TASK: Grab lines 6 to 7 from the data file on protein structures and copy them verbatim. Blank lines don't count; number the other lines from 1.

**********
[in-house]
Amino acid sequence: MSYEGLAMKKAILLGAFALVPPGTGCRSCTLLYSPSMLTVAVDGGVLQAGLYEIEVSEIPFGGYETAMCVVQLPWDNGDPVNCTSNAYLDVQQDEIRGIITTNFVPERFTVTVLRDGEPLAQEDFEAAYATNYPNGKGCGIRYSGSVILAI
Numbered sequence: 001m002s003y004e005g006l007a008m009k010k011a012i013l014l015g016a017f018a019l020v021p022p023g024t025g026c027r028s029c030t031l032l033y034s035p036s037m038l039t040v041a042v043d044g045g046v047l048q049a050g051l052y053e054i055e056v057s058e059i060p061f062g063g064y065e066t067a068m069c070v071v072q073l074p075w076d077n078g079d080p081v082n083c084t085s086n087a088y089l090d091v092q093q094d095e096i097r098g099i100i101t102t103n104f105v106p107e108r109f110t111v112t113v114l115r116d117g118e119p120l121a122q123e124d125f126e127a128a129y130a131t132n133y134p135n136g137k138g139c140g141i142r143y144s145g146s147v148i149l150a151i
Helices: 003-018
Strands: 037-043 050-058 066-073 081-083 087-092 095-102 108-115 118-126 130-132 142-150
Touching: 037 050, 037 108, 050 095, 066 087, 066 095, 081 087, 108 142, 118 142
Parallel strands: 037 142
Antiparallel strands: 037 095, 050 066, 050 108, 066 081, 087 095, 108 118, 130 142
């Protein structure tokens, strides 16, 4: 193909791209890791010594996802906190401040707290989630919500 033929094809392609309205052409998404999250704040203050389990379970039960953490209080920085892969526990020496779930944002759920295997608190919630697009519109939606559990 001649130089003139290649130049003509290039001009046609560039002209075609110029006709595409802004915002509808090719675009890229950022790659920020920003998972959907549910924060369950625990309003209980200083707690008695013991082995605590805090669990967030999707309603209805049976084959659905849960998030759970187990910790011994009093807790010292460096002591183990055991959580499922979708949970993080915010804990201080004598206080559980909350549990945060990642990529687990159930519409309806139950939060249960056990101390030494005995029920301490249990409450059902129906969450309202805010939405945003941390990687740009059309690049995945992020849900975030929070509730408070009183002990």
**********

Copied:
Touching: 037 050, 037 108, 050 095, 066 087, 066 095, 081 087, 108 142, 118 142
Parallel strands: 037 142